Rationale: At this introductory stage, I like to find out where students are in their level of expertise or experience with this topic. Using the "What I already Know" part of the KWL chart is a formative assessment I use to find out this information. I also like to find out what will engage them. Asking students "what they want to know" is a great way of finding out what interests them about this topic. If technology responders are available, I will ask students to send me a short text to answer these questions. Technology usually engages students even more!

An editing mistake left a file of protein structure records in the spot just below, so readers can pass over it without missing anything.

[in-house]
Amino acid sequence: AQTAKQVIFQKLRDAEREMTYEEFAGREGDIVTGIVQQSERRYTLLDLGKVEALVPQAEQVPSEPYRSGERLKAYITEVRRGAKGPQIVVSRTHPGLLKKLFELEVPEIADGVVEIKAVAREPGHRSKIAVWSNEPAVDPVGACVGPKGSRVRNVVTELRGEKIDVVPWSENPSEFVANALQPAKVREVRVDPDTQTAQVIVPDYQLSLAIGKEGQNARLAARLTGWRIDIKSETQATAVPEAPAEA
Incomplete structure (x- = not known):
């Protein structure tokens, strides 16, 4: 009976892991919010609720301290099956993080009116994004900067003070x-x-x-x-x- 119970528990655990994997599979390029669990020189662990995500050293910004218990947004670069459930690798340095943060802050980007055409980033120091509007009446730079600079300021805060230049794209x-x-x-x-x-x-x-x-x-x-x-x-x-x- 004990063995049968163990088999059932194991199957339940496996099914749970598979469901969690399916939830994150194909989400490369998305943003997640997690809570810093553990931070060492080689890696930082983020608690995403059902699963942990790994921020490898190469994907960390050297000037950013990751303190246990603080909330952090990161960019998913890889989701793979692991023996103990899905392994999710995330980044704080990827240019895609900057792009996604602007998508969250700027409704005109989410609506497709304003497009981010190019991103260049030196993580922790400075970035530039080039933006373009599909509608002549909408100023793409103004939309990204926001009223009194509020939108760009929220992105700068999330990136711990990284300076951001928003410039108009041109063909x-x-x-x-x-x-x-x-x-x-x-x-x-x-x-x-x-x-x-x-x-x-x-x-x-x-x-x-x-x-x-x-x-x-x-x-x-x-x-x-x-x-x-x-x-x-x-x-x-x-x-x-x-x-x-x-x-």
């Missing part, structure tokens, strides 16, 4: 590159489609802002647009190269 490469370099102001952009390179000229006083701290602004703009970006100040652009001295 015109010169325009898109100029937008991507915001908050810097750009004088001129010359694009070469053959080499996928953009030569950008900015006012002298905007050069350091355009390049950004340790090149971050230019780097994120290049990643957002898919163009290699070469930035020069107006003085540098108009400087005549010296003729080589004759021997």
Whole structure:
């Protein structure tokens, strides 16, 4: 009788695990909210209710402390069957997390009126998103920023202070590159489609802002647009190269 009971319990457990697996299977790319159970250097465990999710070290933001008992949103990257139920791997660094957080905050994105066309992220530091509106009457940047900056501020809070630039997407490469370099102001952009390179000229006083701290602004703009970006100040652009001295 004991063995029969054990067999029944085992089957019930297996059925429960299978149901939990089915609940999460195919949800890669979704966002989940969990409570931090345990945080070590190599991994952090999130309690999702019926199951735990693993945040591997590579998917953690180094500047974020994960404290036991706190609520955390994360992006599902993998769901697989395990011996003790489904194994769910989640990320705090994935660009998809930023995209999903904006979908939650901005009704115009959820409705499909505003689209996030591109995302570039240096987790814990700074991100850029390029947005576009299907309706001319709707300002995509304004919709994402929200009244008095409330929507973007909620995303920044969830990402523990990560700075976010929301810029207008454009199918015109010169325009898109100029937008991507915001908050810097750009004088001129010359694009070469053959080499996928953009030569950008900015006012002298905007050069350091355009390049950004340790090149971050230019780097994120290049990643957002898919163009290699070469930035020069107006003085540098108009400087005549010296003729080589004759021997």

Jig Saw: Jig Saw is a cooperative learning technique developed in the early 1970s by Elliot Aronson at the Universty of Texas. In this particular activity, students are divided into groups of up to six members. Usually, the number of topics corresponds to the number of groups formed. However, in this case, all groups are brainstorming the same topic and encouraged to share different ideas and perspectives on how types of conflicts can be categorized. Each team strives to learn more about this topic by brainstorming ideas within their group. Students reconcile points of view and synthesize information. Once students classify types of conflicts, members research the characteristics of each type of conflict. They create a final report. Finally, the class listens to presentations from each group representative. The final presentations provide all group members with an understanding of their own material, as well as the final findings that have emerged from topic-specific group discussion. As the name jigsaw implies, each group contributes a piece of the "understanding puzzle" that emerges from the exercise. This technique encourages all students to take responsibility in the learning process. More importantly, students are encouraged to work collaboratively with others in their a team.